Imagine you are part of a specialised MI5 task force, aiming to find and neutralise an organised criminal gang. During your investigation you may encounter other criminals, but you are searching for a specific target. In the body, T cells are your agents—they are tasked with the job of finding an invader and migrate around your body in search of pathogens, such as bacteria and viruses. Much like a specialised force, T cells are fussy, with each individual T cell only focussed on targeting a specific pathogen that has infected your body’s cells and is making you sick. Though you may not realise it because you are busy feeling sorry for yourself, curled up on the sofa drinking Lemsip, T cells are working at the molecular level to clear the infection.
In the body, T cells are your agents—they are tasked with the job of finding an invader and migrate around your body in search of pathogens, such as bacteria and viruses
The T cell receptor (TCR) is a uniquely shaped protein expressed on the T cell surface. Through this receptor, T cells recognise small pieces of pathogen-derived proteins, known as antigens. For killer T cells (a subset of T cells) to carry out their job, they first must be “licensed to kill” by interacting with a dendritic cell, a specialised antigen presenting cell which provides them with the biological signals they need to find their target antigen. When the killer T cells find their matching antigen, they produce toxic proteins that kill the infected cell, thus helping to clear up your infection.
As we progress through life, we encounter a wide variety of pathogens. Luckily our T cells all express slightly different TCRs allowing us to fight off an onslaught of invaders. But how do we obtain such a diverse range of TCRs?
Development of TCR Diversity
During development in the thymus, T cells undergo genetic recombination (enzymes connecting gene segments from different parts of the genome) in which the seven gene segments that determine the exact shape of their TCR are selected from a pool of over 100. Before leaving the thymus, the T cells undergo rounds of selection in which their newly formed TCR is tested. During these rounds of selection T cells bearing receptors specific for self-proteins are selected against, preventing the development of autoimmunity.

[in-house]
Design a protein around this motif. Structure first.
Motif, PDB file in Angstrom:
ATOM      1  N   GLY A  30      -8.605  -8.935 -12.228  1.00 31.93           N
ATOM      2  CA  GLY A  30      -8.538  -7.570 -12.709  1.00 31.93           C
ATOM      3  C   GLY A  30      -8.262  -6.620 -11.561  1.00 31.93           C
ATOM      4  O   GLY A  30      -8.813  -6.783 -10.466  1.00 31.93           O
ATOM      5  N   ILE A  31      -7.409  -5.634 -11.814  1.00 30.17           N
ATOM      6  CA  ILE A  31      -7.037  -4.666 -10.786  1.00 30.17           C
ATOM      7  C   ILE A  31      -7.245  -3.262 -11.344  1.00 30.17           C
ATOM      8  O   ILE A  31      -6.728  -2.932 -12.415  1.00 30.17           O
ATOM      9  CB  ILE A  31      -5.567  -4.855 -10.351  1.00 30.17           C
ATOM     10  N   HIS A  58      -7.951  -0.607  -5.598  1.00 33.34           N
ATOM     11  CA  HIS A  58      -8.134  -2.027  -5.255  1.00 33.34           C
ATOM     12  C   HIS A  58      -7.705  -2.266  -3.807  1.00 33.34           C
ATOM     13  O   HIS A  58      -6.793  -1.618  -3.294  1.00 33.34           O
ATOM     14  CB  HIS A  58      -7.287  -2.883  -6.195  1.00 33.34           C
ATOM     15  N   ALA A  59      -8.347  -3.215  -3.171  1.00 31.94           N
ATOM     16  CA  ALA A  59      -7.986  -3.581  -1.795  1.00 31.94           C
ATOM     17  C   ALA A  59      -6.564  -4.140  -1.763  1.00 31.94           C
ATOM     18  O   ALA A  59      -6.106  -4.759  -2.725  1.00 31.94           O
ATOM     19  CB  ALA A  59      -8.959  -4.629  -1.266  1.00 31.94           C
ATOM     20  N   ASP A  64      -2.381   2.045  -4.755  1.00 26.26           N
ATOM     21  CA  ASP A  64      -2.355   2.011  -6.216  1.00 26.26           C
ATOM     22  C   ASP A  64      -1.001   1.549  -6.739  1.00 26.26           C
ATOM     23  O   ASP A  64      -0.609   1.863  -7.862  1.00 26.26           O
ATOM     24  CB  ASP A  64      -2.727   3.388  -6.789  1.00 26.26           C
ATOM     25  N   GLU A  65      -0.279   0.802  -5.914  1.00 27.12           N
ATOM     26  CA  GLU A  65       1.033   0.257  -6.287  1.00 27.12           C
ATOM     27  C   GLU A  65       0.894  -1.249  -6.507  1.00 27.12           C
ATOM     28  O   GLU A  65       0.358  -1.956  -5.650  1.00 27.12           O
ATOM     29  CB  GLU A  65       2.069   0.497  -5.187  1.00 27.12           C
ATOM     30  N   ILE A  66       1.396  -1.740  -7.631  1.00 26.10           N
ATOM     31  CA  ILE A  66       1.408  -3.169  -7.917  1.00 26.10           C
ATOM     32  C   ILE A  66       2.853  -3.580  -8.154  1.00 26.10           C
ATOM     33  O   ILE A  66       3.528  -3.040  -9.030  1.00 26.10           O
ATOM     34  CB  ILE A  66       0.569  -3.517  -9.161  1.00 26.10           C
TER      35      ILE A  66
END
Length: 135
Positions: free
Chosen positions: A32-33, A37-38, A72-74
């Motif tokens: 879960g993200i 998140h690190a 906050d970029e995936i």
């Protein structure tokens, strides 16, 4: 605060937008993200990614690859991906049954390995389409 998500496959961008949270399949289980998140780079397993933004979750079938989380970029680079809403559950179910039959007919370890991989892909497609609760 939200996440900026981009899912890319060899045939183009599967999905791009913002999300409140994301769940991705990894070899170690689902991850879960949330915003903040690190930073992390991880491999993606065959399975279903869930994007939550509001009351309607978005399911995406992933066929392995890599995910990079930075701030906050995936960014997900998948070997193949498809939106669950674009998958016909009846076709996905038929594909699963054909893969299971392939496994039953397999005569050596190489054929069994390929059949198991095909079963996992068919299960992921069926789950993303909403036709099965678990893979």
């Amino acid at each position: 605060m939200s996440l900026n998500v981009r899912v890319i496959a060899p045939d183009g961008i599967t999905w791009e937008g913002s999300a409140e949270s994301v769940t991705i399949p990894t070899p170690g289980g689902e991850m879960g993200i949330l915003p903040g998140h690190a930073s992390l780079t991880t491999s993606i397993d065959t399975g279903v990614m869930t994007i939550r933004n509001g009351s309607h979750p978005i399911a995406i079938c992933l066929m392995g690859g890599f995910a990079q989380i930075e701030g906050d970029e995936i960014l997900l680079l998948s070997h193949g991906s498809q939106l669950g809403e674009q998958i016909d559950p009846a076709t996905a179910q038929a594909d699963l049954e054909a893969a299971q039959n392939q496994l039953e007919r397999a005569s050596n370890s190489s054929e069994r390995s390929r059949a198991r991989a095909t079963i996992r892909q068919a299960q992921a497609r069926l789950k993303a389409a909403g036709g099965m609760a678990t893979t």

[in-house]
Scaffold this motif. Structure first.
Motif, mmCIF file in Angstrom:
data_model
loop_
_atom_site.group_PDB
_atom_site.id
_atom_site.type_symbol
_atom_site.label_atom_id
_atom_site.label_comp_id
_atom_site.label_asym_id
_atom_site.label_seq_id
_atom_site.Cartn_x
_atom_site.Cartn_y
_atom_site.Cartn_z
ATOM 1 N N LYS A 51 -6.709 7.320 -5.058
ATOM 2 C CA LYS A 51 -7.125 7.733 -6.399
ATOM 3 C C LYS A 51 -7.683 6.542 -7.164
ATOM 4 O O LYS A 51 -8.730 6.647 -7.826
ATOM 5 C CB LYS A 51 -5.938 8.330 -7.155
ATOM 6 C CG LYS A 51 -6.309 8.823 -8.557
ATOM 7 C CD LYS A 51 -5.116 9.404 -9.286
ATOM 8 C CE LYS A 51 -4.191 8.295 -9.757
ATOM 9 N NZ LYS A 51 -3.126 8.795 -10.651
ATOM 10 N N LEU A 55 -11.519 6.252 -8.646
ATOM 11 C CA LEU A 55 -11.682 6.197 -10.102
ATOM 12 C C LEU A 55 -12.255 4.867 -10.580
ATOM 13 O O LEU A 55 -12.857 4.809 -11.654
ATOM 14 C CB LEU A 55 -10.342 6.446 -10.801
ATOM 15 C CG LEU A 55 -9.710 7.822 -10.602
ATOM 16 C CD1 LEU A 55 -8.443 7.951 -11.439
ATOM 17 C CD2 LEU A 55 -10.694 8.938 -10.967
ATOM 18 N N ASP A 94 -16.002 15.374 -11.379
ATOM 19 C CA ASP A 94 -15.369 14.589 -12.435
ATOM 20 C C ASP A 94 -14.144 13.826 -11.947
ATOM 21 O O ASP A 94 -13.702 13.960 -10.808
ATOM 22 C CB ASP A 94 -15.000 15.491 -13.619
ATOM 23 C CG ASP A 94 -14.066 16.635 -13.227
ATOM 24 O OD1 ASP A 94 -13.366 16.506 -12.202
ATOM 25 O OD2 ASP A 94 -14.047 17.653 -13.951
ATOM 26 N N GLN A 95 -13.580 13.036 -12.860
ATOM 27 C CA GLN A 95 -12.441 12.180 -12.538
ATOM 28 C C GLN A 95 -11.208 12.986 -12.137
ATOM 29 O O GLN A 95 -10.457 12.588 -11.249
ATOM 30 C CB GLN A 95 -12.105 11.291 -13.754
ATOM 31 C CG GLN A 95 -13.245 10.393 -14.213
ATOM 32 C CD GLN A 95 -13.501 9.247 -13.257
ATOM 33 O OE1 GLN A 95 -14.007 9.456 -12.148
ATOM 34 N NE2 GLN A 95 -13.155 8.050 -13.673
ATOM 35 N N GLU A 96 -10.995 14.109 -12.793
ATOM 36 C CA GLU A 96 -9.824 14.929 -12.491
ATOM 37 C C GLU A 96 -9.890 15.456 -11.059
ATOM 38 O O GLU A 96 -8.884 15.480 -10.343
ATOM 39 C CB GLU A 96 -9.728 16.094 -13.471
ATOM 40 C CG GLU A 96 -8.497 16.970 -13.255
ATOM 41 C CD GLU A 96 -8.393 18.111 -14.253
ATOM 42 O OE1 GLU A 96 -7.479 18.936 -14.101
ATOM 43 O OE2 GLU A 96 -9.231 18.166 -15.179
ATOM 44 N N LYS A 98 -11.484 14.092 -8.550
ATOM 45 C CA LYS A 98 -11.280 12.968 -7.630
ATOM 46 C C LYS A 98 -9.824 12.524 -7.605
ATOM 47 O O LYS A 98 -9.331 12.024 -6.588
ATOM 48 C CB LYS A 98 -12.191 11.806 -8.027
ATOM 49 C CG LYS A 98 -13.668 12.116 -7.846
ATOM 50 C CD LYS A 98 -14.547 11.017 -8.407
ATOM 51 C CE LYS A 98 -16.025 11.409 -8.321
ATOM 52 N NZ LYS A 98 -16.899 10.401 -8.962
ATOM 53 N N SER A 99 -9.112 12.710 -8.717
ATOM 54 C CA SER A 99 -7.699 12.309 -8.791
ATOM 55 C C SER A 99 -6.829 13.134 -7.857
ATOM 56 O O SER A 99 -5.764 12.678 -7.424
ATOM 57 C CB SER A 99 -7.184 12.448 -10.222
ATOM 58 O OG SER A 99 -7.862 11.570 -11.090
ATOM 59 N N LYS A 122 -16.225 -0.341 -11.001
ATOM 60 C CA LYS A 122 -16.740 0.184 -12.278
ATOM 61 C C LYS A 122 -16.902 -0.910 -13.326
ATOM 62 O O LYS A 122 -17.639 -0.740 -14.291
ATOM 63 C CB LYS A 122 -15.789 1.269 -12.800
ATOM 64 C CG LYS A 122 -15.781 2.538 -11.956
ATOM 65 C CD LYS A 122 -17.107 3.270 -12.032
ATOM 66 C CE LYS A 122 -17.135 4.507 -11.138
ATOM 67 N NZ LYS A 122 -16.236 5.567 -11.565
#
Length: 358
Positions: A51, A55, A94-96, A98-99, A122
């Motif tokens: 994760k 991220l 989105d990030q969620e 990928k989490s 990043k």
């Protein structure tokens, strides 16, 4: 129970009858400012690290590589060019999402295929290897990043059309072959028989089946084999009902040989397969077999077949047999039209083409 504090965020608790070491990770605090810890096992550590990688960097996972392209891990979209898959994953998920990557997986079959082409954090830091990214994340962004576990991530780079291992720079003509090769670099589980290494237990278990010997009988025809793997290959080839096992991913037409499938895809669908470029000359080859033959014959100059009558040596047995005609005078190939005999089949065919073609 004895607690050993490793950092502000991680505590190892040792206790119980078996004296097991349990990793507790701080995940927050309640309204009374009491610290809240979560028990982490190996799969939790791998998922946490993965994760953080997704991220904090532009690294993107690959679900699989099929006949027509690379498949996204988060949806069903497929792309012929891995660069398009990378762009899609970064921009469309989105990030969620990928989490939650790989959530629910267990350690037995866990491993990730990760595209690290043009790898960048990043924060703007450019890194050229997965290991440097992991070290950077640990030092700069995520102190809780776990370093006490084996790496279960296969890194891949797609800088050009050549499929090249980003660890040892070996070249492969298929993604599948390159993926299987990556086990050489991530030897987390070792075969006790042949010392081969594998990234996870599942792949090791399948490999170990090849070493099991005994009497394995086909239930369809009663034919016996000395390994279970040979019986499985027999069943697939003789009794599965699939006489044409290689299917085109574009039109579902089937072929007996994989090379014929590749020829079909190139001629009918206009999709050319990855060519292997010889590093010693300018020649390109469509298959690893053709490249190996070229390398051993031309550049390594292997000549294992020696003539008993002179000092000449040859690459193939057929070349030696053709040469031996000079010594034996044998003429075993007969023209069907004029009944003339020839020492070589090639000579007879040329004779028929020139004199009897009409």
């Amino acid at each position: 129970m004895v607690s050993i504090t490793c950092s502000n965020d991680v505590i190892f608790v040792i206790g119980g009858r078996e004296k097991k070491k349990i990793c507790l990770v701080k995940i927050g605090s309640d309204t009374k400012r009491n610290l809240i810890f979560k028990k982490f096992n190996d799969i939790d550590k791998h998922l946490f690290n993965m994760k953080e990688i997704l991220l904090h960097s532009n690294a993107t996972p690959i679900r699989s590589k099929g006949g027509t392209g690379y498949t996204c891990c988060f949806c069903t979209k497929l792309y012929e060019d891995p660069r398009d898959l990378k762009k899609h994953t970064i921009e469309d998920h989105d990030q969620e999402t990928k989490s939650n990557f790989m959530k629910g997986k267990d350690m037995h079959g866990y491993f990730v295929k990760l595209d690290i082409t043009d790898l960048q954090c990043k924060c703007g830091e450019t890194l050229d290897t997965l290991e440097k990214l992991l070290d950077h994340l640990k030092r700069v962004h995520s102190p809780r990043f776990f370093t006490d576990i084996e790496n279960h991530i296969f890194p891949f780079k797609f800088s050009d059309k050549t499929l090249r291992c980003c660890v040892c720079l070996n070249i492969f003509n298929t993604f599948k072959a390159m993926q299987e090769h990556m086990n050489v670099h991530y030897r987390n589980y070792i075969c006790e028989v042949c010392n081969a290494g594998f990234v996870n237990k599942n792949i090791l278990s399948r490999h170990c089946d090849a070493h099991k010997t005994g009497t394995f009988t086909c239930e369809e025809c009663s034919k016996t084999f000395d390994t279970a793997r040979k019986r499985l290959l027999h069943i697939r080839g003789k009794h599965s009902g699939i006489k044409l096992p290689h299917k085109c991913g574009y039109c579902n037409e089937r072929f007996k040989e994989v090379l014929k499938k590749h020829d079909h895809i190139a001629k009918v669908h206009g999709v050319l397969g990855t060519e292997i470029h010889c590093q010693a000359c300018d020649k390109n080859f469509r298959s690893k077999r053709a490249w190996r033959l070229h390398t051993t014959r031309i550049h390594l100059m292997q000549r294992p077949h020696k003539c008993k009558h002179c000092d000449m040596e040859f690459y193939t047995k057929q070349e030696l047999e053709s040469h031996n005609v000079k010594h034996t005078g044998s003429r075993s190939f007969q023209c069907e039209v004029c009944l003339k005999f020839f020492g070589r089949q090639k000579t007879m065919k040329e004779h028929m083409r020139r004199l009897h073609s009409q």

For many years, this process of T cell development was widely accepted by scientists. Reality, however, turned out to be a bit more complicated.
The mathematics alone were enough to cause some head scratching. If each T cell had one type of TCR that recognises one specific antigen from one pathogen, we would need to have enough T cells to provide protection against more than 1015 unique antigens from various pathogens. This many T cells would weigh more than 500kg, yet most humans weigh considerably less. Thus, the hypothesis of each T cell only recognising an individual antigen is numerically impossible.
It is now commonly accepted that TCRs are cross-reactive—this means that they each recognise two or more (likely many) antigens. Although this cross-reactivity does not pose an issue (and in fact may be beneficial) for the recognition of pathogens, it can become problematic when TCRs are able to recognise antigens naturally expressed in our body. This phenomenon is known as molecular mimicry and can contribute to our immune system treating ordinary tissues in our body as though they are a pathogen.
This case of mistaken identity, much like an MI5 task force identifying and arresting the wrong suspect, is known as autoimmunity. If this immune response is prolonged it can result in damage to the body’s tissues and chronic inflammation leading to autoimmune diseases such as type I diabetes, lupus and multiple sclerosis (MS).